There are more sharing features. You can send photos to other sharing services, but the menu for this is pretty much hidden – it’s the “More” (three dots) button you see next to the contact picker in the Share Photo screen. This button brings up a standard iOS share sheet, which also contains options to download a photo to the iOS Camera Roll, copy its public link, and open it in other apps. For multiple photos, the extra button is only Copy Link.
Public links go to carousel.com, not Dropbox. I found this interesting – public links to photos go to a special carousel.com webpage, not the classic Dropbox web interface for shared files. Dropbox likely wants to give Carousel its own identity, but for now the web app is limited to viewing shared photos – there’s no management of Carousel libraries on the web. You can share individual photos or, as you can see above, sets of multiple ones, which make for a nice shared set on the web.
There are no upload settings. The reason why I like using CameraSync for my Dropbox photo uploads is that I can exclude screenshots and let the app start an upload automatically when I arrive at a specific location. This works well for the kind of photos I have on my iPhone, and it prevents me from going insane in having to delete screenshots after the fact.
Compare CameraSync to Carousel, which has no settings for photos, quality, or destination folders, and that takes over the old Upload settings screen of the official Dropbox app.
If you’re coming from an existing Dropbox photo setup and have requirements for folders, photo quality, or content that you want to upload, the first version of Carousel is surprisingly underpowered. I’m assuming that the app will simply run in the background looking for new photos all the time – more details in the Settings would have been welcome.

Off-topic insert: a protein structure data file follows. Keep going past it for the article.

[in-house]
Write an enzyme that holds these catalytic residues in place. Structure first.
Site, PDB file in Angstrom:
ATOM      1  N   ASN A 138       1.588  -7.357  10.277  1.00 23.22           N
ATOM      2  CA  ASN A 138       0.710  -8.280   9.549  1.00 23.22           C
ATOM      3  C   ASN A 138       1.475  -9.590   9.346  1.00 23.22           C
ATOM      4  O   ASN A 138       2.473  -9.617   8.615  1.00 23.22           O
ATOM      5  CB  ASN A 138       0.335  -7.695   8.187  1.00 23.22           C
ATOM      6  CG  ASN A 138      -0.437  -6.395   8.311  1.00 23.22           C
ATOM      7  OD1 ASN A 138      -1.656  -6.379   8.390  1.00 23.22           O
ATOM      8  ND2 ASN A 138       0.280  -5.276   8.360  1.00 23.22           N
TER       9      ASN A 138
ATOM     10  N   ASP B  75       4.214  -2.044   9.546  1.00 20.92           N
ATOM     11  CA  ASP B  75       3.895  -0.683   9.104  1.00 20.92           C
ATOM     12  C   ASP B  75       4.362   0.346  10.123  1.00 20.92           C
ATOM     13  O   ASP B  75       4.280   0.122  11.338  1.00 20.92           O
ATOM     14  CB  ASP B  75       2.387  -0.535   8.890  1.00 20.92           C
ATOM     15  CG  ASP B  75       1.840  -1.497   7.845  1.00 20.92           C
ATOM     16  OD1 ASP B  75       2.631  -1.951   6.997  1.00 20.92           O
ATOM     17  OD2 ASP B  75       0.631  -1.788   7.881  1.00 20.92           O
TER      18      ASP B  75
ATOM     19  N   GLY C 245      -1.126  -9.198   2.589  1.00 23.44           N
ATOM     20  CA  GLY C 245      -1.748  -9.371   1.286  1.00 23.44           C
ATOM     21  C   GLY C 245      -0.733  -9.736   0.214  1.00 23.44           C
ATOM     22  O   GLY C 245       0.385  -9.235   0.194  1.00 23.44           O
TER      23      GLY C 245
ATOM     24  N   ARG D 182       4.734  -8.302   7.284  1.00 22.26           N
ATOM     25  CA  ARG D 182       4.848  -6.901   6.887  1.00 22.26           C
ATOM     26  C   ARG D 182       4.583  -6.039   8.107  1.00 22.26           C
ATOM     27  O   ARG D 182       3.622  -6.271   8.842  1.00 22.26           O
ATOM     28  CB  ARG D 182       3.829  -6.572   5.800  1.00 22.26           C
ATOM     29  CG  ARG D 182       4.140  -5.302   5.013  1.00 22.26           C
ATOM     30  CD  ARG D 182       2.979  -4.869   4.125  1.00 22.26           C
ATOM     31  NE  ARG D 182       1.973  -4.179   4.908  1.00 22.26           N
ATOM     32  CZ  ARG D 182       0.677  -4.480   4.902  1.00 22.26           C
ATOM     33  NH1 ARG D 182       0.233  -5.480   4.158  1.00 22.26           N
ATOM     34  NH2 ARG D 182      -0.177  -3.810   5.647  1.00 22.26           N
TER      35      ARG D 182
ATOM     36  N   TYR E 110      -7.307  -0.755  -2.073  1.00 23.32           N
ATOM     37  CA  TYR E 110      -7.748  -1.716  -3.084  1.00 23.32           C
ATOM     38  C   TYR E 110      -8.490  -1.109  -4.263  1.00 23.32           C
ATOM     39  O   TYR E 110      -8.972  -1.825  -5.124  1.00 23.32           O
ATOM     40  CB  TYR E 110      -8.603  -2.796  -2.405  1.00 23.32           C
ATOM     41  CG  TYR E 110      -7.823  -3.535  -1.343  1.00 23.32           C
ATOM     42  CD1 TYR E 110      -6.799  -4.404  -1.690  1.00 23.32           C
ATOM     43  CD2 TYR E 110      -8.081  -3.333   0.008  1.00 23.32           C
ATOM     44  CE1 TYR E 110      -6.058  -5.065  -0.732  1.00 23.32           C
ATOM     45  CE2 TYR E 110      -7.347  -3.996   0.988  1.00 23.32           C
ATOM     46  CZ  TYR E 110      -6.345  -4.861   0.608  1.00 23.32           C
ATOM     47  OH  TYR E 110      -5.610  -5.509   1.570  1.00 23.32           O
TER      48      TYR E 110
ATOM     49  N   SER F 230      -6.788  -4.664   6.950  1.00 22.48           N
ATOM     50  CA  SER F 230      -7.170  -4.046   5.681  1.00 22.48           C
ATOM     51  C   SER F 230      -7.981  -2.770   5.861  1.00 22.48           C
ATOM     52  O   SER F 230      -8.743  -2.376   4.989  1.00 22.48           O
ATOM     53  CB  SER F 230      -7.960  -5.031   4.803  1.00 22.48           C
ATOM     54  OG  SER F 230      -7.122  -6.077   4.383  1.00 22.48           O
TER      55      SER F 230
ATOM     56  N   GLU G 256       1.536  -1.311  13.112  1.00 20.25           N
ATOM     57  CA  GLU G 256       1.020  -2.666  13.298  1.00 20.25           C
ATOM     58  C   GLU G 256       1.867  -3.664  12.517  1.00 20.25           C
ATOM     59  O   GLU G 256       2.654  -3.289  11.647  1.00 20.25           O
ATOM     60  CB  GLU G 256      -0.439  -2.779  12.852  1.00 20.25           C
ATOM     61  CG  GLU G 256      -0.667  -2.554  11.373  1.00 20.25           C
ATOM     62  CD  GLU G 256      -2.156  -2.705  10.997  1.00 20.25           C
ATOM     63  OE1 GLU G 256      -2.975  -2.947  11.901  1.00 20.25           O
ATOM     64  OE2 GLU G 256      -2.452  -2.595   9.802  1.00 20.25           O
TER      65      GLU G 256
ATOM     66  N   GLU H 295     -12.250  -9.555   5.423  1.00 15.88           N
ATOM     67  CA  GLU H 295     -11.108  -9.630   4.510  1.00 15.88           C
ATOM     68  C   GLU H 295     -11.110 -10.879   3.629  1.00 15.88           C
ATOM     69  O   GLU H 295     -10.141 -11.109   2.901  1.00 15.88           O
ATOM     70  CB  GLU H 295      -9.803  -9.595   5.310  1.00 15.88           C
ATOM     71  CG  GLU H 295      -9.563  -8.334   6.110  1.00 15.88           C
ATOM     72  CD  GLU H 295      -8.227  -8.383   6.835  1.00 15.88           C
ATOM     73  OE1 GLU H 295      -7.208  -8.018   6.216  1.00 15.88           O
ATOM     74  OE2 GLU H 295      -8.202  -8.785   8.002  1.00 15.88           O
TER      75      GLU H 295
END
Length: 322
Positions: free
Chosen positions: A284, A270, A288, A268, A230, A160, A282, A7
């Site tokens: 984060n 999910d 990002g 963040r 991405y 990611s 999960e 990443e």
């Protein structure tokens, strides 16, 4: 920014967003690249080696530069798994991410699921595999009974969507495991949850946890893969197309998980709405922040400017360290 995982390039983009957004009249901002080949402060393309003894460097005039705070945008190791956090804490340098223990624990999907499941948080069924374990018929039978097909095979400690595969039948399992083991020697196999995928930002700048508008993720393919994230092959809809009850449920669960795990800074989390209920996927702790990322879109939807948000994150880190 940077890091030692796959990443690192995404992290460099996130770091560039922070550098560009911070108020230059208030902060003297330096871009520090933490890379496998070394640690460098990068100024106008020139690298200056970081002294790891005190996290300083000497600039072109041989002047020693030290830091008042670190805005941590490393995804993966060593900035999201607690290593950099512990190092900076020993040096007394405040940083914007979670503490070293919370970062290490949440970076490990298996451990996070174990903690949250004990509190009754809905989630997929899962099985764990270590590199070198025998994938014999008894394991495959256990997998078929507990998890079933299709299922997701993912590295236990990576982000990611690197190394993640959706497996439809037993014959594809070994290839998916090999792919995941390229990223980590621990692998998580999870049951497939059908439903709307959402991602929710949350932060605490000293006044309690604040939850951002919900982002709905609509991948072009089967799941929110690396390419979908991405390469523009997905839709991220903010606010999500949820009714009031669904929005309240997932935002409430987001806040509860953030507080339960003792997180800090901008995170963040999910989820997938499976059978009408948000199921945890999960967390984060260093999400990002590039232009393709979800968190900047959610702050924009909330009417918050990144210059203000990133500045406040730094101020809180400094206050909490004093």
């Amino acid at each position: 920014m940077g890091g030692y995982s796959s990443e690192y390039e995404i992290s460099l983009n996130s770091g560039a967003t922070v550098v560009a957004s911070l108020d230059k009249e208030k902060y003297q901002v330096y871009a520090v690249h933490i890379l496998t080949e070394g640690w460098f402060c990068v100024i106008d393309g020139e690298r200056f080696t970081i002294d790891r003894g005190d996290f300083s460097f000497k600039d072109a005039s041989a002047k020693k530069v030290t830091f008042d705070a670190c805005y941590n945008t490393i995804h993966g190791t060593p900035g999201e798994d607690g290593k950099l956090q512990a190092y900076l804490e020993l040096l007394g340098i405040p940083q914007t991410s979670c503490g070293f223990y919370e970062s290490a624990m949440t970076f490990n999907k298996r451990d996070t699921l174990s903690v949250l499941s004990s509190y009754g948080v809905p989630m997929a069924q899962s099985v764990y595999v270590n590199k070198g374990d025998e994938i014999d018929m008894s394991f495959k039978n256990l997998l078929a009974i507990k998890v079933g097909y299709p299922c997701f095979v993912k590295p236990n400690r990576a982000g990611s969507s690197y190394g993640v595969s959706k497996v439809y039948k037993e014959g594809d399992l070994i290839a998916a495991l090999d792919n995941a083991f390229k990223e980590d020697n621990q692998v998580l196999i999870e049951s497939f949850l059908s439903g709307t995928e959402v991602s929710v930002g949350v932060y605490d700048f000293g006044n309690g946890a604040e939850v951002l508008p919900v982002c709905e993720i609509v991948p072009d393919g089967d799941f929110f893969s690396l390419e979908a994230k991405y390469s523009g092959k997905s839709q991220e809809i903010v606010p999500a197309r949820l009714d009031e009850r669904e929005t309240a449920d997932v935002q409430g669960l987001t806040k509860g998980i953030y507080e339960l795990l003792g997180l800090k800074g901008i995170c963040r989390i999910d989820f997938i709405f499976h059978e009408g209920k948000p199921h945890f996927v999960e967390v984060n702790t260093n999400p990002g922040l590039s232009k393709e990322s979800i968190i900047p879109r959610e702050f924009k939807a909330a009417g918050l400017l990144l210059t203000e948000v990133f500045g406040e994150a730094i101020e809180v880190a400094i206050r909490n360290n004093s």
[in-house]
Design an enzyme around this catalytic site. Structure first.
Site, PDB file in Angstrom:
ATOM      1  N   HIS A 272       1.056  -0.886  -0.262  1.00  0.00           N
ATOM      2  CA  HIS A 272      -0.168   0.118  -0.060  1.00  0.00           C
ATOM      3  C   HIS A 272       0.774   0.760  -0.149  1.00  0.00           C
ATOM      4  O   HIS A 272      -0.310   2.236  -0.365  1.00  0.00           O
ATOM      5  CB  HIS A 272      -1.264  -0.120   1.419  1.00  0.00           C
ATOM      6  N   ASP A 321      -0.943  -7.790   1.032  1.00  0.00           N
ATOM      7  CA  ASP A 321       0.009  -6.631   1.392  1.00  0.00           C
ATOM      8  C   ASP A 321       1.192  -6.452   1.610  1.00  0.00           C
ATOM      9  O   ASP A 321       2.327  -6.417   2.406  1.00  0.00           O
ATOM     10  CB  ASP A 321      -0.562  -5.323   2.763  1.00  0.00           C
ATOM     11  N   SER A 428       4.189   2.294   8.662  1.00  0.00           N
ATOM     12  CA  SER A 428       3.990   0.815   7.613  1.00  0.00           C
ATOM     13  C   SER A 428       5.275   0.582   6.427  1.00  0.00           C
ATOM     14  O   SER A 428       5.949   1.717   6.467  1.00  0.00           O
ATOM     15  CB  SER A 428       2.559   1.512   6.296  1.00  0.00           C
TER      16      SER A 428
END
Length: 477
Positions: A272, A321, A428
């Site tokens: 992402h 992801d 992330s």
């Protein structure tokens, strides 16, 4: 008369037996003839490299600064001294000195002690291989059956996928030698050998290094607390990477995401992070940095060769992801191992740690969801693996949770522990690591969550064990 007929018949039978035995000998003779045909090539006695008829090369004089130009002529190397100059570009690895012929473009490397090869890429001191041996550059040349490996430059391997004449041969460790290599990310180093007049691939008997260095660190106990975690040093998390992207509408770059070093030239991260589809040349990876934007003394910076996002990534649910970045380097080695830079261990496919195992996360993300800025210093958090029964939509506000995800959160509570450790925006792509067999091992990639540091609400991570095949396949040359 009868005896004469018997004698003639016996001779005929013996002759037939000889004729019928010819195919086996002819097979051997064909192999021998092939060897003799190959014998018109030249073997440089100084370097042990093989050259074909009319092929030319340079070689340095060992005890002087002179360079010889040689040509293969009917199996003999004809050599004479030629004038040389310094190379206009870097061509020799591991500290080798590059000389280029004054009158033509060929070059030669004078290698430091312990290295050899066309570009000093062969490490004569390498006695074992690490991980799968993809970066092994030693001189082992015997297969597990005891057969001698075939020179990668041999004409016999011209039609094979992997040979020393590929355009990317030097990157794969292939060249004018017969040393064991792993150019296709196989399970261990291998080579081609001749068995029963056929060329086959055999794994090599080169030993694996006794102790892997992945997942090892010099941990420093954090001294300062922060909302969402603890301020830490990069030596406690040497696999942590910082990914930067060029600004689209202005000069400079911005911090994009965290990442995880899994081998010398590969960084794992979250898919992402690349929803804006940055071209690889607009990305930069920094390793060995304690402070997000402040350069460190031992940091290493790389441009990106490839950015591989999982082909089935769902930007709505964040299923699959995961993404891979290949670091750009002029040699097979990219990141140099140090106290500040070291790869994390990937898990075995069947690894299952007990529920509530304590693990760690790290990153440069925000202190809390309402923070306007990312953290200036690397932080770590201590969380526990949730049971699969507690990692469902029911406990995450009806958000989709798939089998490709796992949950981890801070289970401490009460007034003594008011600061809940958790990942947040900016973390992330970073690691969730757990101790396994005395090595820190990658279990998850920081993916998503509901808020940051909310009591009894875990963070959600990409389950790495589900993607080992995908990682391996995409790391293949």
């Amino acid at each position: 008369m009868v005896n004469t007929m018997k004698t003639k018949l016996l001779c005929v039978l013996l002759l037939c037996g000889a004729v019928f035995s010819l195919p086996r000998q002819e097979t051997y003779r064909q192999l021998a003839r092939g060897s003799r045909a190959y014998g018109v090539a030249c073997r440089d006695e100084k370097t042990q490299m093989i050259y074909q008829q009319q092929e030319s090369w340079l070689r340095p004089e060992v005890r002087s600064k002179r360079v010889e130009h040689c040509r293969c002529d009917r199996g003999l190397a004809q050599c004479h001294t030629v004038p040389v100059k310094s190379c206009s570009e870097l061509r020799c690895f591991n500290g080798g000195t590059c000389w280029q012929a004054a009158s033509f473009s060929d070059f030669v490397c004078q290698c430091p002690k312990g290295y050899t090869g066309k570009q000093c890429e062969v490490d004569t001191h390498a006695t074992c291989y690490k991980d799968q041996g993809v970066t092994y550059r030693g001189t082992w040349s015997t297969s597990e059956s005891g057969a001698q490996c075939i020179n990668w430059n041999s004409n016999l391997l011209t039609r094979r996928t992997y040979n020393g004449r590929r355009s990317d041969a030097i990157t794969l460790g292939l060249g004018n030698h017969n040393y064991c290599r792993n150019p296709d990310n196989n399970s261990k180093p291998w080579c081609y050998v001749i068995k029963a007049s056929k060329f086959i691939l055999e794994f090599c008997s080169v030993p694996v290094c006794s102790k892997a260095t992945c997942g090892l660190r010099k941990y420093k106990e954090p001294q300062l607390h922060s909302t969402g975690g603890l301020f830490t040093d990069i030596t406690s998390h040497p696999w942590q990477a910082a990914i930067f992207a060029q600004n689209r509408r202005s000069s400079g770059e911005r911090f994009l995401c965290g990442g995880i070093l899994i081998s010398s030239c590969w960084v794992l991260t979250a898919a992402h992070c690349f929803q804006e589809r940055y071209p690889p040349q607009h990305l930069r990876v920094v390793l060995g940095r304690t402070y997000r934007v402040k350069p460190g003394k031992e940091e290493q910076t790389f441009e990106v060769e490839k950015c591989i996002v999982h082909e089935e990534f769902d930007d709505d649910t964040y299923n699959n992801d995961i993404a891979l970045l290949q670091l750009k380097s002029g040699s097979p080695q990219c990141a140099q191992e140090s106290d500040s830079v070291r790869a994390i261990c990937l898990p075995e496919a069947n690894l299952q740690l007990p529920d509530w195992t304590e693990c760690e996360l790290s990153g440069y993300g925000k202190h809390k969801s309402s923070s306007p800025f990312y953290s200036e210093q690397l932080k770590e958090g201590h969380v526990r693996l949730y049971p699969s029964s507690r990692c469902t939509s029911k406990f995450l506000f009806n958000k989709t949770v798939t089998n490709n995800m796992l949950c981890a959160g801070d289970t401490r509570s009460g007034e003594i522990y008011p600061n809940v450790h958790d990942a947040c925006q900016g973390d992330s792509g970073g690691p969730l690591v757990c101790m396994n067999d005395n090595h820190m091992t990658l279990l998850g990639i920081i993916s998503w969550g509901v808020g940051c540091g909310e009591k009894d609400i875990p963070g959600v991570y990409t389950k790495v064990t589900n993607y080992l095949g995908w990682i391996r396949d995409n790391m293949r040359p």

A Dropbox Camera Roll
The bottom line is that, for now, the Carousel app is an alternative Camera Roll and Photo Stream based on Dropbox storage with built-in sharing for invididual or group conversations. The app doesn’t have filters for locations or time periods; it doesn’t come with albums or tagging features for people or places; and it’s entirely based on the carousel navigation model for viewing your photos through the years, with no other available views.
In its first version, Carousel is two things: a Dropbox uploader for your local device’s photos and videos; and, an enhanced version of Apple’s Photos app that takes the Moments UI and augments it with peculiar horizontal/vertical scrolling, sharing gestures, and larger thumbnails. Right now, Carousel isn’t Dropbox’s answer to Picturelife or their take on Everpix – it’s a Photo Stream/Camera Roll alternative based on Dropbox storage; unlike Apple’s iCloud and Photo Stream, though, the Carousel app in its no-folders form is only available on the iPhone with no iPad or web clients. If you want to see all the photos you have, you’ll need to revert to the standard Dropbox interface with files and folders.
A lot of users may be expecting a full photo management service by Dropbox, but Carousel isn’t that solution today. It’s a lightweight uploader and viewer focused on a chronological stream of photos, and while it does highlight the company’s interest and investment in photo backup, it doesn’t bring the full set of management and viewing options you’d expect from an iPhoto or Picturelife competitor. And even though some people may be okay with the simple upload-view experience that Carousel 1.0 entails, I personally believe that real online photo backup and management with albums, family sets, public sharing, and editing hasn’t been solved yet – in my opinion, only Picturelife gets close.
There are some terrific design touches in Carousel. I’m a big fan of the DayTicker-like scrolling model and flick-to-share is fun and rewarding; the app is smooth, fast, and I like the web sharing feature for photo sets. Overall, though, Carousel is too limited for my needs and only available on the iPhone; it has potential, but I’m sticking with Dropbox storage, CameraSync, Unbound, and Picturelife for now.
Photo management still hasn’t been fixed. I’m curious to see where Carousel will go next.